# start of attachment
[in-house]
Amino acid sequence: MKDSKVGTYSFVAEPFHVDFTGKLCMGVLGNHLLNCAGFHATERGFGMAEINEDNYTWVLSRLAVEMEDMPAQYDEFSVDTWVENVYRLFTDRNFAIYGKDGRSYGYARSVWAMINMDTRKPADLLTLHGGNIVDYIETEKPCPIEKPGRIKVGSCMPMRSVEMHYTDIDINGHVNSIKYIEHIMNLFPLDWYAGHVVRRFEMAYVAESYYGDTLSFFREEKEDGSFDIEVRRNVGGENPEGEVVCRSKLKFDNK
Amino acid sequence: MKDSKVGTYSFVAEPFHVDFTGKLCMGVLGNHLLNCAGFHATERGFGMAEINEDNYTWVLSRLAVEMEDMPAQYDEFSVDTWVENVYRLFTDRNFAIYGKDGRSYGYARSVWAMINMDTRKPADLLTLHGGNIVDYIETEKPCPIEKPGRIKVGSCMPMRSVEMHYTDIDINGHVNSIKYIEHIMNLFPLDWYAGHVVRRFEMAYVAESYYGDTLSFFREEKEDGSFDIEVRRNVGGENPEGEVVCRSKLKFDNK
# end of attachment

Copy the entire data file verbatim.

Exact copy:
[in-house]
Amino acid sequence: MKDSKVGTYSFVAEPFHVDFTGKLCMGVLGNHLLNCAGFHATERGFGMAEINEDNYTWVLSRLAVEMEDMPAQYDEFSVDTWVENVYRLFTDRNFAIYGKDGRSYGYARSVWAMINMDTRKPADLLTLHGGNIVDYIETEKPCPIEKPGRIKVGSCMPMRSVEMHYTDIDINGHVNSIKYIEHIMNLFPLDWYAGHVVRRFEMAYVAESYYGDTLSFFREEKEDGSFDIEVRRNVGGENPEGEVVCRSKLKFDNK
Amino acid sequence: MKDSKVGTYSFVAEPFHVDFTGKLCMGVLGNHLLNCAGFHATERGFGMAEINEDNYTWVLSRLAVEMEDMPAQYDEFSVDTWVENVYRLFTDRNFAIYGKDGRSYGYARSVWAMINMDTRKPADLLTLHGGNIVDYIETEKPCPIEKPGRIKVGSCMPMRSVEMHYTDIDINGHVNSIKYIEHIMNLFPLDWYAGHVVRRFEMAYVAESYYGDTLSFFREEKEDGSFDIEVRRNVGGENPEGEVVCRSKLKFDNK